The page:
How to Save Corn Seeds


Sweet corn provides a wealth of vitamins, minerals and protein. Corn enhances soups, stews and salsa and can also be ground into meal and flour for cereal, bread and tortillas. Corn is broken into three classes--normal sugary, sugar enhancer and super sweet--depending on sugar levels in kernels. Most sweet corn varieties mature within 50 to 90 days of planting. Sweet corn is at the peak of freshness when prepared directly after harvest; however, it can be preserved through freezing or canning for later use.

Step 1

Plant extra corn, specifically for propagation, at the beginning of the season. The more corn harvested for seed, the better the results in future plantings.

Step 2

Inspect the seed corn for disease or insect infestation by pulling back husks. Discard any ears that appear compromised or damaged.

Step 3

Leave the seed corn on the stalks for four to six weeks after harvest of edible corn. Husks and stalks should be golden brown before the seed corn is ready to harvest.

Step 4

Harvest the fully ripened seed corn and hang the ears on hangers to dry. Pull the husks back from ears, and secure each one to the hanger with a clothes pin.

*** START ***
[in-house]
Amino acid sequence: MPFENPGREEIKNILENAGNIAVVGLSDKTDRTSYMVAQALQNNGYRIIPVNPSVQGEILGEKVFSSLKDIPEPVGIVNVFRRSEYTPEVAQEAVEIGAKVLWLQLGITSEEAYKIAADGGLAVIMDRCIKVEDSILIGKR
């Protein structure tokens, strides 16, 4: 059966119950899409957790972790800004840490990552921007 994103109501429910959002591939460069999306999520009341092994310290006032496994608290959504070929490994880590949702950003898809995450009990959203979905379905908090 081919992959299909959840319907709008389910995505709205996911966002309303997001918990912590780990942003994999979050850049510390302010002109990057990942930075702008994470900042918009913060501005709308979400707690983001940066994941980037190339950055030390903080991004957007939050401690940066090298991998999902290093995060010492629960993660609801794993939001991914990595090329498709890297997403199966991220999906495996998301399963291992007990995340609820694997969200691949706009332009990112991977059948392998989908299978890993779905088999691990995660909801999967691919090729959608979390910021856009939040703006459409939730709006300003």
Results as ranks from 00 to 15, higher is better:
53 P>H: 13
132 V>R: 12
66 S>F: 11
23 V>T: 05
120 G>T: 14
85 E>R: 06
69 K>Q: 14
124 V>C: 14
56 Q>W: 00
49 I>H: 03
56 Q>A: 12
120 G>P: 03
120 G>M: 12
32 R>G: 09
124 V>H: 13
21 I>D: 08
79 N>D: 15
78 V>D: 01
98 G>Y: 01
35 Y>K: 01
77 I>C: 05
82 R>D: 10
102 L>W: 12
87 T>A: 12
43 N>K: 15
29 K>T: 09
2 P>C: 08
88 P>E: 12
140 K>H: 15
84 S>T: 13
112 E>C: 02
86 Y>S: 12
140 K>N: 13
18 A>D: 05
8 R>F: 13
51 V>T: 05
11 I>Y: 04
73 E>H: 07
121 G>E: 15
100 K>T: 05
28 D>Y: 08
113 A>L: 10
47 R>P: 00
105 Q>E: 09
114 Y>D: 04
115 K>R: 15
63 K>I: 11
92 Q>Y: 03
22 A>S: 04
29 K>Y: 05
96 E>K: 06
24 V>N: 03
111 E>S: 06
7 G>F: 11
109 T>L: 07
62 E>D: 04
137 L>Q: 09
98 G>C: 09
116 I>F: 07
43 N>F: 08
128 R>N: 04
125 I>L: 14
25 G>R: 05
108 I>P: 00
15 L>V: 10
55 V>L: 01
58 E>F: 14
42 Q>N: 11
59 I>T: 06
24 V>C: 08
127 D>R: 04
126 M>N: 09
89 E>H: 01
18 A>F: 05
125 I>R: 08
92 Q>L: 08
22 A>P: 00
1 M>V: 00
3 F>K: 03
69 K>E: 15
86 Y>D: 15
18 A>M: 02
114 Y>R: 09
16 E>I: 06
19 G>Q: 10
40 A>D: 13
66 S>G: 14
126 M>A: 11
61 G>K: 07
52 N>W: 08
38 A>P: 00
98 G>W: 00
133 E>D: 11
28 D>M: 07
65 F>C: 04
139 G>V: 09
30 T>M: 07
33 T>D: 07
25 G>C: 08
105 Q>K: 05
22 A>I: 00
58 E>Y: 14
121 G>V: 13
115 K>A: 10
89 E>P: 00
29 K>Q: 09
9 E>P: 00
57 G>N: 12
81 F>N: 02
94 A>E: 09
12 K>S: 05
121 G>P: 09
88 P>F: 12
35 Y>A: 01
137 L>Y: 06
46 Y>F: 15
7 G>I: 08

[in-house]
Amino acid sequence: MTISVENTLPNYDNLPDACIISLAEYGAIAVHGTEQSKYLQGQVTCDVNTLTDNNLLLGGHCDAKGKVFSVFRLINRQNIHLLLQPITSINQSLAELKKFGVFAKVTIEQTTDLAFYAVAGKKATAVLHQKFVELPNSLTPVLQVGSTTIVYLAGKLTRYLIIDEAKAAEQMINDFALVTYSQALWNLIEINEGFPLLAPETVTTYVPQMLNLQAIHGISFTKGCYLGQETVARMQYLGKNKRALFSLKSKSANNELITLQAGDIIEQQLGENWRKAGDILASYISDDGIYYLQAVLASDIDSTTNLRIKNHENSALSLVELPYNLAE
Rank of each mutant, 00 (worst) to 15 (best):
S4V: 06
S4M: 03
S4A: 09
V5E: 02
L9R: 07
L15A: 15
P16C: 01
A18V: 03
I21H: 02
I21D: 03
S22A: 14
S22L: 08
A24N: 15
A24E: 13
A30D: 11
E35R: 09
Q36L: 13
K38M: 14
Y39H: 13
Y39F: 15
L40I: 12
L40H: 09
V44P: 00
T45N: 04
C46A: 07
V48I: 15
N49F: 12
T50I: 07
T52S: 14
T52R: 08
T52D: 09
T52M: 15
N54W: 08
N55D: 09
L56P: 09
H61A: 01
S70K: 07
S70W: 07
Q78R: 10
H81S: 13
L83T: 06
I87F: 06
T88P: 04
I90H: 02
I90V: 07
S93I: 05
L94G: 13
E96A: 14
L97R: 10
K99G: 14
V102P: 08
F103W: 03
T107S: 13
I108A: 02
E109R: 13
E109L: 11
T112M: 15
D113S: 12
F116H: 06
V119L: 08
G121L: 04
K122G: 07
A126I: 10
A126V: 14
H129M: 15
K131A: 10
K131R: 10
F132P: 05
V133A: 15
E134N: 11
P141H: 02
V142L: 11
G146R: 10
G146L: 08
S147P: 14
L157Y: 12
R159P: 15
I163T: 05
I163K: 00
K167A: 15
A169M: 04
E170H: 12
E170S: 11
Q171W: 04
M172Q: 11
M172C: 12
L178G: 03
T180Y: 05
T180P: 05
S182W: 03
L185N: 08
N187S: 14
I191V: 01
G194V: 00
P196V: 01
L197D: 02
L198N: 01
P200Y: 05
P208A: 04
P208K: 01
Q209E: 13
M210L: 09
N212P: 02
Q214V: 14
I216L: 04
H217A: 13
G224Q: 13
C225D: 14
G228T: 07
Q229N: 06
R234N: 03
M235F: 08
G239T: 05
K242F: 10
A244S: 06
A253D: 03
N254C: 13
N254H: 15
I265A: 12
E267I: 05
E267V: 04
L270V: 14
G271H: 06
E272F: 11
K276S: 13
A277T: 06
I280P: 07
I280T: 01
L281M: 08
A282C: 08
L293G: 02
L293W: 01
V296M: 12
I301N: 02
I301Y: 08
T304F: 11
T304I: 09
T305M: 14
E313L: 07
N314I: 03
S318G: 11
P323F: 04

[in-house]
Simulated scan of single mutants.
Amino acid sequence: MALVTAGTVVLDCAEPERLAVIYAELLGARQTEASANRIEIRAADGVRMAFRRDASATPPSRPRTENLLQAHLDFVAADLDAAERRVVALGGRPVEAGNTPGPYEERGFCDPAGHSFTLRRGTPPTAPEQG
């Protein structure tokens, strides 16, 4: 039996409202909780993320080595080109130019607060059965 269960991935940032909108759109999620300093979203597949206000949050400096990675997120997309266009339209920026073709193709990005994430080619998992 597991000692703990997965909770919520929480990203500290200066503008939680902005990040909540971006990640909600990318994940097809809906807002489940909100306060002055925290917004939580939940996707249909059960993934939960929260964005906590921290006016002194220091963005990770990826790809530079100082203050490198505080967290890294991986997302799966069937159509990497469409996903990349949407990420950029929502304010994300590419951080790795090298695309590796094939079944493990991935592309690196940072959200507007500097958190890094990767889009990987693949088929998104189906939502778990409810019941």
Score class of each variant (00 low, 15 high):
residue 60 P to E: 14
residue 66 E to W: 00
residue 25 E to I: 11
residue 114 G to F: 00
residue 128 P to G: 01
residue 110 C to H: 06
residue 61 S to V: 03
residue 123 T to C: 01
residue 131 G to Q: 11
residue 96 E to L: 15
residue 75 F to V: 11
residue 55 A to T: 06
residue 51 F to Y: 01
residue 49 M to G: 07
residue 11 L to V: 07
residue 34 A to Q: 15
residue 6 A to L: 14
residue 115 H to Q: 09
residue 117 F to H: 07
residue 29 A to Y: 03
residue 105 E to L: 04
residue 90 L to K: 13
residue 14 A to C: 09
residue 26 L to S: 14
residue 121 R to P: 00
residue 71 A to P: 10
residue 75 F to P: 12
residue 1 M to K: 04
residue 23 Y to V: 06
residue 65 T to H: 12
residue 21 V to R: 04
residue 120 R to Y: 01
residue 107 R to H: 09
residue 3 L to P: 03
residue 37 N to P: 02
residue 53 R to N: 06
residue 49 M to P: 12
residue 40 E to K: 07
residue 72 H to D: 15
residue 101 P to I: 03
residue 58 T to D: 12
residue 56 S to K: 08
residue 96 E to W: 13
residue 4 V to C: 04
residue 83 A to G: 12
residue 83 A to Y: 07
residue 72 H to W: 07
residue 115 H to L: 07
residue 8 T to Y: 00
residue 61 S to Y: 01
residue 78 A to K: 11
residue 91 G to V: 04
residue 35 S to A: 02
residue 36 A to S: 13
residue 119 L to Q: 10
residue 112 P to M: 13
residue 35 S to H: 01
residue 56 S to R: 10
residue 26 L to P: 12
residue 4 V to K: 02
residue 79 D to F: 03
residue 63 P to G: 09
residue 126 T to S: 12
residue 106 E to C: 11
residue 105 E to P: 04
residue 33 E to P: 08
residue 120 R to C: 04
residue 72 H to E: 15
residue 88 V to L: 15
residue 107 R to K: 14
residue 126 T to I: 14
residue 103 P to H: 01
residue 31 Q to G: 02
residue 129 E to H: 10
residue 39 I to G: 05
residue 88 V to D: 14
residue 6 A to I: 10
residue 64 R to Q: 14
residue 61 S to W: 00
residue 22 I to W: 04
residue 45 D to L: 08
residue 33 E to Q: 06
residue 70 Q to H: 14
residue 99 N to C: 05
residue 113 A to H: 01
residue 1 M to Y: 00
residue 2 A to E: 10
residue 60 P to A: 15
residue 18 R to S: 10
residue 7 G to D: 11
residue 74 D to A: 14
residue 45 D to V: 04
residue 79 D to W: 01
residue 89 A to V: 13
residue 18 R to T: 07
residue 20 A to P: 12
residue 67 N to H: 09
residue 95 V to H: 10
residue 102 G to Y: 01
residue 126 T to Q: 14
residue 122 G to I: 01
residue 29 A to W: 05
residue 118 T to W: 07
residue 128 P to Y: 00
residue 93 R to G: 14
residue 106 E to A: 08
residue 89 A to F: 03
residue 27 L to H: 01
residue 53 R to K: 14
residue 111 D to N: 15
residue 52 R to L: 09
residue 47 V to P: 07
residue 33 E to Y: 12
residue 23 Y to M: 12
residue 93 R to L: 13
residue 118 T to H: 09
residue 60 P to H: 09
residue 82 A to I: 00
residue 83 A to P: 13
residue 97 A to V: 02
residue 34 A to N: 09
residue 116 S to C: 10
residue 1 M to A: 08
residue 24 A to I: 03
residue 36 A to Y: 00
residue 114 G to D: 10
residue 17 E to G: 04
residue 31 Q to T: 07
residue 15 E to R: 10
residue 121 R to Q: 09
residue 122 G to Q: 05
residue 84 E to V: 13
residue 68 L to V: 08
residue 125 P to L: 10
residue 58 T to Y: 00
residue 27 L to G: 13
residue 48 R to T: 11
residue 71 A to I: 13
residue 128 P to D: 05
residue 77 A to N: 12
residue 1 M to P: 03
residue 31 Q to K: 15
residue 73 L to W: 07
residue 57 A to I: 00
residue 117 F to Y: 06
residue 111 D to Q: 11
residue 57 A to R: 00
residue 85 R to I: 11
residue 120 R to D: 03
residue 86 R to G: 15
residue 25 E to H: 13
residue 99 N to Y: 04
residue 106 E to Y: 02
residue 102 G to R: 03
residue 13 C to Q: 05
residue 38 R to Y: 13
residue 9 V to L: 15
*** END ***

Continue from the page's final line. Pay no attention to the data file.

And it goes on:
Step 5

Place the hangers in a cool, dry location for up to three months to complete the drying process, making sure that there is adequate space for air flow.

Step 6

Check the ears occasionally for any signs of moisture or decay.

Step 7

Remove any smooth or discolored kernels before beginning the shelling process. Inferior kernels produce inferior plants.

Step 8

Shell the seeds in a large bowl, gripping and twisting each ear with both hands to dislodge the seeds.

Step 9

Place the corn seeds in airtight jars, clearly labeled with the date and variety.

Tips and Warnings

  • Different corn varieties should be grown at least 1000 feet apart to avoid cross pollination.

Things You'll Need

  • Sweet corn
  • Hangers
  • Clothes pins
  • Bowl
  • Glass jars with lids
  • Labels
  • Marker or pen


  • International Seed Saving Institute: Corn
  • Ecological Agriculture Projects: Saving Seed of Open Pollinated Sweet Corn Varieties
  • University of Illinois Extension: Corn
Keywords: saving corn seed, propagating corn varieties, sweet corn seed

About this Author

Deborah Waltenburg has been a freelance writer since 2002. In addition to her work for Demand Studios, Waltenburg has written for websites such as Freelance Writerville and Constant Content, and has worked as a ghostwriter for travel/tourism websites and numerous financial/debt reduction blogs.